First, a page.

From the Hagia Sophia we crossed the street to the Basilica Cistern, the largest of several hundred ancient cisterns that lie beneath the city of Istanbul.
After weaving our way through the columns supporting the massive underground chamber, we ascended back to the surface with the Blue Mosque in our sights.
Naturally, before tackling the Blue Mosque, we had to make a quick Starbucks stop for our daily caffeine fix.
With our coffees in hand, we made the short walk across the street to the Blue Mosque.
We approached the mosque just as pray time began, so we were able to spend a good amount of time taking in the grandeur of the massive structure from the outside before heading indoors.
It wasn’t long before prayer time was over and we were able to move inside and revel in the dimly lit beauty of Sedefkar Mehmed Agha’s greatest accomplishment.
Fortunately, while we were inside the Blue Mosque the sun came out.
Since we weren’t sure if we’d see the sun again during the rest of our stay in Istanbul we decided to hurry down to the Galata Bridge so we could see the Old Town bathed under the evening light.
Of course on the way we had to stop by the Grand Bazaar to see what one of the largest and oldest covered market in the world had to offer. Tarynne was beyond pumped.
After a whirlwind trip through the market, we stumbled out onto the water front right next to the Galata Bridge.
With the city now cloaked in darkness, we made our way back to the Beyoglu neighborhood, with a stop off on the way for some pomegranate juice and street food.
With our juice and food in hand we found a nice spot to relax near the base of the Galata Tower.
Later that evening we rediscovered the somewhat-dressy clothes we have buried at the bottom of our bags and went out from drinks at a nice, trendy bar on the top floor of a nearby hotel.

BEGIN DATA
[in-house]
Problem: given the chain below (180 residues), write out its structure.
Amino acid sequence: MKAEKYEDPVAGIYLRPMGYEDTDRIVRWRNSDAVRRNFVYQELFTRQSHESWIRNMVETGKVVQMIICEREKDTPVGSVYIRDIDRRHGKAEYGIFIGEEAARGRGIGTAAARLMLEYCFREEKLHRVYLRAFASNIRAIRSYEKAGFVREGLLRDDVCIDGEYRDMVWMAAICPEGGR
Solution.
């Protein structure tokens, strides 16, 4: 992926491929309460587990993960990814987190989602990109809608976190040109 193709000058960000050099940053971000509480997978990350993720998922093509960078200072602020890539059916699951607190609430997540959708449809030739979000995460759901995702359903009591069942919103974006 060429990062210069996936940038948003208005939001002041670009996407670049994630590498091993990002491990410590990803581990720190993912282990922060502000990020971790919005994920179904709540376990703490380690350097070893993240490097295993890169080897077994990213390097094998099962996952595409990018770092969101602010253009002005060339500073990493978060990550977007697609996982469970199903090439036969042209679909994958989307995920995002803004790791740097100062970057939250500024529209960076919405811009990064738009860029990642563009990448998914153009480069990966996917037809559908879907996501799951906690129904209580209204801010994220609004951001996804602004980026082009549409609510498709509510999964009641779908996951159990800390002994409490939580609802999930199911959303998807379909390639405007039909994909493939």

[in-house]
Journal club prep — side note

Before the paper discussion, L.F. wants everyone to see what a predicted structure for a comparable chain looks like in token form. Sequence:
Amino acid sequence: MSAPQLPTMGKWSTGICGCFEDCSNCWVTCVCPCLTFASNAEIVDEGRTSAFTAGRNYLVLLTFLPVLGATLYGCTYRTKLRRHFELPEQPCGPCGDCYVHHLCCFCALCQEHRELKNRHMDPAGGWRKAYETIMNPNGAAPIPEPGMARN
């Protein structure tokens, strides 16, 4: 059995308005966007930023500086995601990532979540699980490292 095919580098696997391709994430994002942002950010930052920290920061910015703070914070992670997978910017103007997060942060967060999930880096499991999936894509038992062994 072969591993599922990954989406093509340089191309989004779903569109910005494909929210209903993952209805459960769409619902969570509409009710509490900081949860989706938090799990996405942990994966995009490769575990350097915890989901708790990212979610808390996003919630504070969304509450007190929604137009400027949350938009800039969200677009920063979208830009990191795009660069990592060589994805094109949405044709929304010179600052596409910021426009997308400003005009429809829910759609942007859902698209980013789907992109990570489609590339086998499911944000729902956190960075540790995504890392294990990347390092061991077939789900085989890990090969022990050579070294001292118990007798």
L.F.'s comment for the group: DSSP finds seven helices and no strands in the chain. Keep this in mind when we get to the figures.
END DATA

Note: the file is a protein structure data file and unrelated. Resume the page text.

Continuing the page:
Sometimes despite our limited budgets, we just need to treat ourselves so we still feel somewhat normal.
Friday, Jan. 3, 2014
On Friday we woke up early, dropped off some dirty laundry, and then once again made the 40 minute walk back to Old Town, but this time to visit the Topkapı Palace.
The Topkapı Palace is a massive palace that served as the primary residence for Ottoman Sultans during their 624-year reign. It’s located in the heart of Old Town, only a few minutes walk from the Hagia Sophia and the Blue Mosque.
The sprawling palace is pretty impressive, although it hasn’t been very well maintained so much of its former grandeur is left up to the imagination.
Of course despite the shoddy grounds keeping, empty pools and broken fountains, seeing the massive fireplaces and intricate tile work is well worth the $20 entrance fee.
We spent a few hours in the palace before walking back to the water front to visit another mosque and the spice market for a few snacks and some window shopping.
While the food and service at Istanbul 360 leave something to be desired, the views are absolutely stunning and we thoroughly enjoyed our dinner, drinks and photography session.
After dinner, exhausted from a long day of walking, we decided to call it a night early as we had to wake up and pack for our early afternoon flight to Dubai.